Our country has always been good at memorials, Gettysburg National Cemetary for example. Pearl Harbor and the beautiful eternal Arizona Memorial.
This week was spent remembering 9-11 with media events, personal recollections, and the unsettling memory (for me) that Friday was *exactly* the same sort of day it was eight years ago: bright blue sky, blinding sunlight, crisp fall air.
I wonder how different things would be if our country was half as good at preventing death as we are at memorializing it.
3,000 people died in the 9-11 attacks.
Every two months, 3,000 people die in America because they are denied insurance.
Sixty days from now, the equivalent of another 9-11 attack will kill another 3,000 Americans.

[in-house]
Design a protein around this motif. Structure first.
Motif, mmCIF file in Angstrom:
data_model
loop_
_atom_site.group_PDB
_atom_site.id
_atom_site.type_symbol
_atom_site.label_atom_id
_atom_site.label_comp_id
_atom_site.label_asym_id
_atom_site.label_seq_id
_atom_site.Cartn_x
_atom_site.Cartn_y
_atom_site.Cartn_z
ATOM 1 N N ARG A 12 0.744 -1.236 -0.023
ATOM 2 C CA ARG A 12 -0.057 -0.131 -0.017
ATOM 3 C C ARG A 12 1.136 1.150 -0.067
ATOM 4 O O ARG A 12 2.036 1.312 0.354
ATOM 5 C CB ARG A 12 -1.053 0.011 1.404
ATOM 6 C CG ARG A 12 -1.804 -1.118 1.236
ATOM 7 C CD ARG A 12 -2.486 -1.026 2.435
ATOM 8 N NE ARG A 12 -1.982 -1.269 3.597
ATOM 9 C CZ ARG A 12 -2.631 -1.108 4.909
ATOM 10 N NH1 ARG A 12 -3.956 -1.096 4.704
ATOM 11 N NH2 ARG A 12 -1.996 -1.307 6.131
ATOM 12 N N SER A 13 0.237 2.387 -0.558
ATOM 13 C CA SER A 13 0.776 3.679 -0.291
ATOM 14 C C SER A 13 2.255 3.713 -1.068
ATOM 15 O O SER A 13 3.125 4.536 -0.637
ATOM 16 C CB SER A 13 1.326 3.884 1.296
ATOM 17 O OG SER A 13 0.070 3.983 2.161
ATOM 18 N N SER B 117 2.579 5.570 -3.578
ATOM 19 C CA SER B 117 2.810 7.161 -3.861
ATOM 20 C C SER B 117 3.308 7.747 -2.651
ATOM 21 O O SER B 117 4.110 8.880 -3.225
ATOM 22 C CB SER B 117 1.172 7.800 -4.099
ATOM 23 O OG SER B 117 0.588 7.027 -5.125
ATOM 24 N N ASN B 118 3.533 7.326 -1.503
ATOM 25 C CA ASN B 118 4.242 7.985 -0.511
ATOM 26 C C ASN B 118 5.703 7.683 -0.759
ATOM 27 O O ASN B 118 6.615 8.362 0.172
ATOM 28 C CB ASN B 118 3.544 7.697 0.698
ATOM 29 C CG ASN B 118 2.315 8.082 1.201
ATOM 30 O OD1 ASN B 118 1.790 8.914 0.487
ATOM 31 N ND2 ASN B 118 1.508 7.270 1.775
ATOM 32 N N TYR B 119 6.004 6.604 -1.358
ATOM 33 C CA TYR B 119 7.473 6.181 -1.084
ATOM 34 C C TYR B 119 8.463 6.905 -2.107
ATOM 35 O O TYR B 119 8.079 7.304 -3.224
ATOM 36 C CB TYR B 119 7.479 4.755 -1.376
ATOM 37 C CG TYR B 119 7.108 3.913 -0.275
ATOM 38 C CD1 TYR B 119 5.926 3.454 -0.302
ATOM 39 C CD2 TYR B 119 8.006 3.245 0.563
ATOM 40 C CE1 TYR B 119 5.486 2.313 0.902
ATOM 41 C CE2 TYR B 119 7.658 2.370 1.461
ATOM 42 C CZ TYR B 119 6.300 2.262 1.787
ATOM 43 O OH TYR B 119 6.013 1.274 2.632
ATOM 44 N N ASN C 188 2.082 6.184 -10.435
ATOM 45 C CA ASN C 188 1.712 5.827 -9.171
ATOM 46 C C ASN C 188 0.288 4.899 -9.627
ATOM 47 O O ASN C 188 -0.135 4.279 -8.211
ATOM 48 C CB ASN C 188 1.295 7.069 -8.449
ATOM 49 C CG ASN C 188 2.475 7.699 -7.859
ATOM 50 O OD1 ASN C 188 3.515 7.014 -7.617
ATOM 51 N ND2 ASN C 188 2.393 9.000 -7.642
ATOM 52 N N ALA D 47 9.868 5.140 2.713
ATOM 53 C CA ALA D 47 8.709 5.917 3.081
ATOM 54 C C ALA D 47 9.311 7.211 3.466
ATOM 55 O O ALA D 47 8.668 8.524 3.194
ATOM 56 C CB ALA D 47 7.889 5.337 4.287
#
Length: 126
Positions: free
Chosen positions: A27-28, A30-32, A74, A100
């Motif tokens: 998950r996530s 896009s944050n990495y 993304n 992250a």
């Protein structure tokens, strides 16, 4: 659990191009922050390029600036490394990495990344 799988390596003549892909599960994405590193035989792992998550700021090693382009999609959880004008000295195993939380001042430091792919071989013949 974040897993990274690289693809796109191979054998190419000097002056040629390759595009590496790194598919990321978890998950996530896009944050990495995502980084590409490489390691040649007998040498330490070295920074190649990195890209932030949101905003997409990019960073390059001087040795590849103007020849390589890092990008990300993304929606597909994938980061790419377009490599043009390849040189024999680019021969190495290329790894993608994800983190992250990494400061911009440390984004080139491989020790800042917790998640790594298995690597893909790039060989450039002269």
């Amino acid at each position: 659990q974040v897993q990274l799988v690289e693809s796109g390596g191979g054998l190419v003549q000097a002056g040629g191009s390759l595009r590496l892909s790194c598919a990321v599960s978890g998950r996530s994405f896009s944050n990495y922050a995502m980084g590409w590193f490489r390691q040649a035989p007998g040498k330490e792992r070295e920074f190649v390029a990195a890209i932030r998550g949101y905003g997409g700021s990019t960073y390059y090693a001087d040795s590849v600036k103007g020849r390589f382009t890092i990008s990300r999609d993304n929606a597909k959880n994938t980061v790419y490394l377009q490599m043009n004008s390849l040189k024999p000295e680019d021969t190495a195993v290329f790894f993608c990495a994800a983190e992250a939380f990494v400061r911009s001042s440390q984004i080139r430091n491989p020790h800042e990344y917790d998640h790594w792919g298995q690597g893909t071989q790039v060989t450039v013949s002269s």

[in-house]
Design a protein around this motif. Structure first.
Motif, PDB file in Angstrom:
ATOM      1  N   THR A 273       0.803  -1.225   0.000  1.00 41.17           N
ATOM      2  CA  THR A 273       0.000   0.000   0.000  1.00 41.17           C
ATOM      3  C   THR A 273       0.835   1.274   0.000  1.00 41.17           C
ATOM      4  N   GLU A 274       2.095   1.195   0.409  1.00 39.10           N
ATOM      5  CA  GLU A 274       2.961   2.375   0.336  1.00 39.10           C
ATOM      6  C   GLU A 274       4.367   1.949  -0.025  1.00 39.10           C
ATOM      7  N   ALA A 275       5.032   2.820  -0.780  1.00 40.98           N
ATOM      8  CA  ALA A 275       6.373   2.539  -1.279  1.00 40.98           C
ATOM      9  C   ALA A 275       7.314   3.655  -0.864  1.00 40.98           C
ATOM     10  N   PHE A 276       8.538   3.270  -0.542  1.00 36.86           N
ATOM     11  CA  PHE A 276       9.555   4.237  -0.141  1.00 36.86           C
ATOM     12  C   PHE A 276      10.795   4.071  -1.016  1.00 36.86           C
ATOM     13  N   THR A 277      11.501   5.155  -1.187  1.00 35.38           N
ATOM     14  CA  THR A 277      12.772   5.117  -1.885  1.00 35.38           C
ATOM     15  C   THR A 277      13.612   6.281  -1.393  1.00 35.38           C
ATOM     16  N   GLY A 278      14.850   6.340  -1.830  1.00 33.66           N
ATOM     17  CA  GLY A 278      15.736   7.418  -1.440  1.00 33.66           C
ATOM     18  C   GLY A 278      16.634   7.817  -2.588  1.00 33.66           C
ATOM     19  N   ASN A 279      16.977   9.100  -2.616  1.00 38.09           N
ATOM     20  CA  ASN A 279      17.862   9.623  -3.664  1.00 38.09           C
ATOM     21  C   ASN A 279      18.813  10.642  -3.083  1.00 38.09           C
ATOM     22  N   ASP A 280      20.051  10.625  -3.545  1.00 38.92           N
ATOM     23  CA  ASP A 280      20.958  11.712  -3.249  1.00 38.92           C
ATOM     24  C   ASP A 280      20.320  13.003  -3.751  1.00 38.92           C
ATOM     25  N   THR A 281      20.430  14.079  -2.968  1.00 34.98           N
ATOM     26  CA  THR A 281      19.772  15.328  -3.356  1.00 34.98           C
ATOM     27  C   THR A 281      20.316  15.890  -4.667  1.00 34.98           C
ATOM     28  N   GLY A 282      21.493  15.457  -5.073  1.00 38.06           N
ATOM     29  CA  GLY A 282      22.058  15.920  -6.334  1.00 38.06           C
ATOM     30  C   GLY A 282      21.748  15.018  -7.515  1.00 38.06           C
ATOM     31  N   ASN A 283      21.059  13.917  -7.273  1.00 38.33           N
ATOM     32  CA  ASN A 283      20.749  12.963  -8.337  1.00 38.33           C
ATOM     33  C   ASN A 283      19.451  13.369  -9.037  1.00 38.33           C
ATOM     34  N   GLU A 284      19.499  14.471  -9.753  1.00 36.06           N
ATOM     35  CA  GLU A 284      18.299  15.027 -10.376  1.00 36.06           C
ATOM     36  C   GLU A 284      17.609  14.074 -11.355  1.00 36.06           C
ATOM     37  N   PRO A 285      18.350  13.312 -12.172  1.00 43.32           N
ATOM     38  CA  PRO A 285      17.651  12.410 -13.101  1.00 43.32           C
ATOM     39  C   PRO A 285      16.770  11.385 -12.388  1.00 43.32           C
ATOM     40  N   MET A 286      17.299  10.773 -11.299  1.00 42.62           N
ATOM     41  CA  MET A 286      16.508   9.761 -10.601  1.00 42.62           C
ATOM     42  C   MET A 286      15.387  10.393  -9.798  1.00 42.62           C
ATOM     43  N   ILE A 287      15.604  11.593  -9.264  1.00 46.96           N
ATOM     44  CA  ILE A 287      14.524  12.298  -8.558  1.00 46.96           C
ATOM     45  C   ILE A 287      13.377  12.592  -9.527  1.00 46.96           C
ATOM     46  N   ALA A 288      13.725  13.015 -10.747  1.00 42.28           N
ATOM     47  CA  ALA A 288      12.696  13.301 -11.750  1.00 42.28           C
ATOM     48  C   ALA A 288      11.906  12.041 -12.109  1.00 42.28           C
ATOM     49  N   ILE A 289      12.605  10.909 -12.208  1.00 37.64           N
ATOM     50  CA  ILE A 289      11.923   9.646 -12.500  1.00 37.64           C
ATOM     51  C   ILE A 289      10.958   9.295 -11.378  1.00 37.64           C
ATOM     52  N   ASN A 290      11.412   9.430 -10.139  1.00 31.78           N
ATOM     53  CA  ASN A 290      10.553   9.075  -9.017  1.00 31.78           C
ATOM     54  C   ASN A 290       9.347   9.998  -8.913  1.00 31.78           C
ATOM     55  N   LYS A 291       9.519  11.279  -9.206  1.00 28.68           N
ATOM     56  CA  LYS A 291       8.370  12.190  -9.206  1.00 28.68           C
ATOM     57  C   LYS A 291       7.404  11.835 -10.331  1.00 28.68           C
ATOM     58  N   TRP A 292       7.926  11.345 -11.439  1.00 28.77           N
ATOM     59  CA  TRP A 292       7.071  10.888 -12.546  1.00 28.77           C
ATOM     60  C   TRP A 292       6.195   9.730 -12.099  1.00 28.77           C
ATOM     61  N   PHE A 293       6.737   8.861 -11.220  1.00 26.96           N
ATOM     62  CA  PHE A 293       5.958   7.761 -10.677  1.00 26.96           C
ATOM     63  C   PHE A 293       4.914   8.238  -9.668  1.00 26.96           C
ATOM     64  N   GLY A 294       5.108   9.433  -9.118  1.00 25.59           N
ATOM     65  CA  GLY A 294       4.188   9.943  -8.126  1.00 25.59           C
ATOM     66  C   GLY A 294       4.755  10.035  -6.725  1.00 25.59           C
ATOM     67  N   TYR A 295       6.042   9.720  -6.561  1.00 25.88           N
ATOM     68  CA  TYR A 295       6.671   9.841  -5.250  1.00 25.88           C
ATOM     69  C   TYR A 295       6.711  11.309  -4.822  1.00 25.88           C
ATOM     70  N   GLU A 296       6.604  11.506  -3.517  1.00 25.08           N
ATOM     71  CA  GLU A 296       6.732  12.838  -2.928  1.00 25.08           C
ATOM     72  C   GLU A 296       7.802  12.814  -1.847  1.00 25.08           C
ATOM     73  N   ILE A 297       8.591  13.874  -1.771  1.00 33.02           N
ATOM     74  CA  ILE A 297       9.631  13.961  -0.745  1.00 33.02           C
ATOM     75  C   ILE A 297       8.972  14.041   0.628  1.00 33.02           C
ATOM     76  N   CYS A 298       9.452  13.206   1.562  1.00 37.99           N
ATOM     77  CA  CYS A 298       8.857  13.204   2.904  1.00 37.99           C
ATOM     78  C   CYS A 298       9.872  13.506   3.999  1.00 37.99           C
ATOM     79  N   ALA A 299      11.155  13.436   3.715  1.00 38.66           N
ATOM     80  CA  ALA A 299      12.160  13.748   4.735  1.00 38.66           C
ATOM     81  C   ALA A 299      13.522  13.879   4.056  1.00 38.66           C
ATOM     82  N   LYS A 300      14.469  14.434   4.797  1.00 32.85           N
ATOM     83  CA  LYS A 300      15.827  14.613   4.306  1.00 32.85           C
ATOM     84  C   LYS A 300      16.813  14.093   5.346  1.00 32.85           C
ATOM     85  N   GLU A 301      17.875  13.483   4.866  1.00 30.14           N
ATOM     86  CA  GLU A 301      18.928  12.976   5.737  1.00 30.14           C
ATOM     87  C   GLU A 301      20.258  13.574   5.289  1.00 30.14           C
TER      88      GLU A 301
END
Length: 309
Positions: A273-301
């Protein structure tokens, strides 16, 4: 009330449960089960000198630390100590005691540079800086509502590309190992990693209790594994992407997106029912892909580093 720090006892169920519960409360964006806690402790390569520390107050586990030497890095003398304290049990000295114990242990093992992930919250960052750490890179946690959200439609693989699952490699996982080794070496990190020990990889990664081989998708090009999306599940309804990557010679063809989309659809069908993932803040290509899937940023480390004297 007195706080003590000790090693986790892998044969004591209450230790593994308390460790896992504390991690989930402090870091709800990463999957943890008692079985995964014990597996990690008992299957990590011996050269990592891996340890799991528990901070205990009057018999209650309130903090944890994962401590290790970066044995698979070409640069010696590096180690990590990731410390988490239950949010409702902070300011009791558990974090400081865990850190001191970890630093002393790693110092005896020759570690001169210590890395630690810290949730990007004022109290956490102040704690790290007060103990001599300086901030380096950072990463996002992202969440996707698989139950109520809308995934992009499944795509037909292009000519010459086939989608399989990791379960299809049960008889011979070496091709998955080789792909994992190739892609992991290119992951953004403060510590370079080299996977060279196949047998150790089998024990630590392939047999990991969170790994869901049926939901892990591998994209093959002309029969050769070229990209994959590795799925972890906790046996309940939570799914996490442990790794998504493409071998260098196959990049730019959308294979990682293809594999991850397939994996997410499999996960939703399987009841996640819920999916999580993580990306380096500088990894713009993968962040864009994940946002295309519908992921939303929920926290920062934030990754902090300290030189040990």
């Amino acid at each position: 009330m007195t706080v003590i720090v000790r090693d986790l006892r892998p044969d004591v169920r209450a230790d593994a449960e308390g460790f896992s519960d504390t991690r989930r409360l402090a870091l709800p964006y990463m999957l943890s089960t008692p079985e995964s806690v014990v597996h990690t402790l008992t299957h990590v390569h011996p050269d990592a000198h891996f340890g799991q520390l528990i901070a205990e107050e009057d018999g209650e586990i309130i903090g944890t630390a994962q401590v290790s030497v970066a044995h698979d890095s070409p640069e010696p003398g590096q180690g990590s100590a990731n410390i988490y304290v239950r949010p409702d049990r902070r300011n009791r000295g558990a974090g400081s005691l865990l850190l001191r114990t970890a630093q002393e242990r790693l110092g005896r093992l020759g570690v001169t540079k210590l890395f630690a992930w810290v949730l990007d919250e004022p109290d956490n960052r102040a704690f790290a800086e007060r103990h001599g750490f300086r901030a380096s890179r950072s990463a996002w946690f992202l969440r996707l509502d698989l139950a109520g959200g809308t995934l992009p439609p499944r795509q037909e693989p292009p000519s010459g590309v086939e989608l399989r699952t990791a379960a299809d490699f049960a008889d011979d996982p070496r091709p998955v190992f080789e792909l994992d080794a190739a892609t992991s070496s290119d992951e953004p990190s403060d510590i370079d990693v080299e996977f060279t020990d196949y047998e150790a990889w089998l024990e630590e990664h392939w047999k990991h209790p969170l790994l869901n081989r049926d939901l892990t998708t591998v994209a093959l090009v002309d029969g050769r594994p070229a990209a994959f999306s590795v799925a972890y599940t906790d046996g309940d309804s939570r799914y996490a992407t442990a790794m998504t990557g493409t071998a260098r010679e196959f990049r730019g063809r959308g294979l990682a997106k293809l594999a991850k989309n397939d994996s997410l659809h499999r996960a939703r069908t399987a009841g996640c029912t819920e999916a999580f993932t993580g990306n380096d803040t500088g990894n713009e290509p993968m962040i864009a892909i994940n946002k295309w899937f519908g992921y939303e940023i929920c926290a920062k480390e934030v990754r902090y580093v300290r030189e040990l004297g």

Another sixty days later, another 3,000 will have died.
And so on.
To the tune of 18,000 Americans a year, dying not from terrorist attacks, or disaster, hurricanes, heat waves, earthquakes or floods - but just from not having insurance.
18,000 American sons, daughters, husbands, wives, babies, grandmothers, grandfathers.
What if 18,000 troops were killed tomorrow in Afghanistan? Or 18,000 died in a horrible attack on one of our cities? The public would rise up and demand payback.
Why in the world are we so accepting of this month's health dead, and next month's health dead, and the next month, and the next month, and the next month and the next month.......?
**Figures courtesy of National Academy of Sciences, via Nicholas Kristof http://www.nytimes.com/2009/09/13/opinion/13kristof.html?_r=1&th&emc=th